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Guillaume Cizeron Explains the Personal Impact Bullying Had on Him

Figure skating gave Guillaume Cizeron the confidence to be free.

"By telling my story, I wish to give some hope to the people who are still hiding in that bathroom, like I was not so long ago. "

French ice dancer Guillaume Cizeron is a tour de force. Throughout his career, he's racked up an Olympic medal alongside partner Gabriella Papadakis and is a world champion four times over. This only scratches the surface of the accolades the skater, who has broken multiple world records, has earned. Earlier this year, Cizeron opened up about his personal life.

While he shies away from the term "coming out," the athlete posted a photo of himself and his boyfriend on Instagram for International Day Against Homophobia, Transphobia, and Biphobia. Though he had already spoken about his sexuality to friends, this was the first time he had spoken publicly about his intimate life. Since then, he's continued to do so. Here, in his own words, the resident of Canada writes about bullying and the lasting impact it can have on queer people.

"Are you a boy or a girl?"

This was the question I was asked by classmates when I was young. While the question was intended to mock me, deep down it led me to question myself about my own gender identity at a young age. I remember one day coming home from school and putting the question to my parents: "Mom, am I a boy or a girl?" The confusion I saw in others was manifesting itself as a strange feeling inside of me of not belonging to one thing or another. Eventually it would crystalize as questions about my sexuality.

I knew I was born in a boy's body, but somehow what I felt inside of me didn't align with the behavior that was expected of a boy. I felt different and didn't fit in with my peers. I was bullied at school almost every day, being called a "pussy" or a "faggot." It made me feel ashamed and led to confusion about who I was.

Having two sisters, I was drawn to play with dolls, makeup, and costumes. But I understood quickly that a boy wasn't supposed to do that. So I stopped. I'd sit on the bed and watch my sisters play.

It wasn't until I was a preteen, around age 10 or 11, that I became aware of the idea of homosexuality. This wasn't something that had not previously been in my vocabulary; I didn't know that loving boys wasn't necessarily reserved for girls. This new knowledge was liberating, and went a way in reconciling my previous feelings of being trapped in the wrong body. There was still shame around my queerness.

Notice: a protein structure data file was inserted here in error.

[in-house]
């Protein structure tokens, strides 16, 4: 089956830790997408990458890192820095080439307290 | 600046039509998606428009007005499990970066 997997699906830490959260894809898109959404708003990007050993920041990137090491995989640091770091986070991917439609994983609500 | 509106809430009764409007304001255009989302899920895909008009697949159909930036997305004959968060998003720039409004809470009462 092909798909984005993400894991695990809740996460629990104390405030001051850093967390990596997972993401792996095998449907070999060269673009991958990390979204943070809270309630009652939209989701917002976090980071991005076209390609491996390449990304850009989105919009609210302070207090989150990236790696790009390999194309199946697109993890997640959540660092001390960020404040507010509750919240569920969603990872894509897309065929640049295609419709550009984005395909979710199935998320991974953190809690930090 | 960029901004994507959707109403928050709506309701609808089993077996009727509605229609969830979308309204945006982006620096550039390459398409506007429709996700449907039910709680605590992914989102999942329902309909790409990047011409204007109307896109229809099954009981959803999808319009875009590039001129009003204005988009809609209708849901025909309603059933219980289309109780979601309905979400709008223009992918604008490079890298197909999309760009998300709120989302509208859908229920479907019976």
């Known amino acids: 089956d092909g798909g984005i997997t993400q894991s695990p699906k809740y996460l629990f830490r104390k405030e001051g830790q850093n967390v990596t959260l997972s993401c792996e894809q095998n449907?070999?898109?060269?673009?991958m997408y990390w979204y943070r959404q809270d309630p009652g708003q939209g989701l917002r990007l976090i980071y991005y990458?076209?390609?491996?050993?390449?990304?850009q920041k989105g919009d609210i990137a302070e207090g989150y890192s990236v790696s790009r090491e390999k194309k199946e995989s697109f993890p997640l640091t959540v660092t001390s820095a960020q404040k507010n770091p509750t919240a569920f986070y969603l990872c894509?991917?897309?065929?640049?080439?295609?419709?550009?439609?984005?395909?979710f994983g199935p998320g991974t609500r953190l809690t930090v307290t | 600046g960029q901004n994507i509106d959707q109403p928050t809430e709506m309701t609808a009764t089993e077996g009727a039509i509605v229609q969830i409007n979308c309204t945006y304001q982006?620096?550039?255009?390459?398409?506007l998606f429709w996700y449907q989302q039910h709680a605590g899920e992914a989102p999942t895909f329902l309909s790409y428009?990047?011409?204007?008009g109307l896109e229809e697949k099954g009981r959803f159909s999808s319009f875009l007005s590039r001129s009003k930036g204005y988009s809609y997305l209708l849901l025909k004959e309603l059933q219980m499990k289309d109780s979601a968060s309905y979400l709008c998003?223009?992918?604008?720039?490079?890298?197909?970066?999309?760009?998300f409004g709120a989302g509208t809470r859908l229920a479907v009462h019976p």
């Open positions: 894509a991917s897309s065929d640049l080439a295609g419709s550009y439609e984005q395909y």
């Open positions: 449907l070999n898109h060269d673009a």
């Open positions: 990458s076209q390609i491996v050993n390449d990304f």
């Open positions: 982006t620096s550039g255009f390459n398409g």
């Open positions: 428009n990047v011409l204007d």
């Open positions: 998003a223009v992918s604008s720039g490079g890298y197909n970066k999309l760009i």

As I made small steps forward to accept myself, the reception wasn't the same by those at my high school. The mocking and the jeers continued. To avoid it, I spent breaks hiding in the bathroom for a reprieve. When I did emerge, I altered part of who I was: the way I walked, talked, and laughed. Each day I chipped away at my authentic self in a bid for acceptance.

This is the personal cost of systemic and cultural homophobia. Queer people end up struggling with our own humanity, hoping someday for "normalcy."

I don't feel any resentment toward the people who bullied me. I know they were just the reflection of a society that still struggles to include people who are different. A society that stokes fear of these people and contributes to that fear through a lack of education. By telling my story I hope to not only be heard by those people who don't know what it feels like to be different and to be taught to hate yourself, but to provide support for those struggling to find acceptance in both the classroom and in sports.

I was lucky enough to find a space where I was able to express myself and feel included and supported. Figure skating wasn't just a sport to me. The rink was the only place except home where I was lifted up and not torn down for my mannerisms. Skating brought me so much confidence and allowed me to discover myself in a safe environment. When I finally did get the courage to come out, I was fortunate enough to have a supportive family and to be born in a country where my existence wasn't a crime.

By telling my story, I wish to give some hope to the people who are still hiding in that bathroom, like I was not so long ago. I want them to know that it can and does get better, that they deserve to be respected and loved. But most importantly, I want people to know that they are not alone.

I dream of a world where there is no concept of coming out or what people identify as, and a world where people don't have to explain or justify who they love or who they're attracted to. We are not there yet, so until then, it is my desire to talk and share my story. I have been debating whether talking about my sexual orientation publicly meant something to me--and for a long time I didn't feel the need to do so. But I realize now that I have the opportunity to help, to be a voice for the people who don't have a platform. Even if this can help only one person in the world, then it is worth it to me. I also feel that I owe it to my community because I believe that today, not saying that I am gay is closer to pretending that I'm not.

30 Years of Out100Out / Advocate Magazine - Jonathan Groff and Wayne Brady

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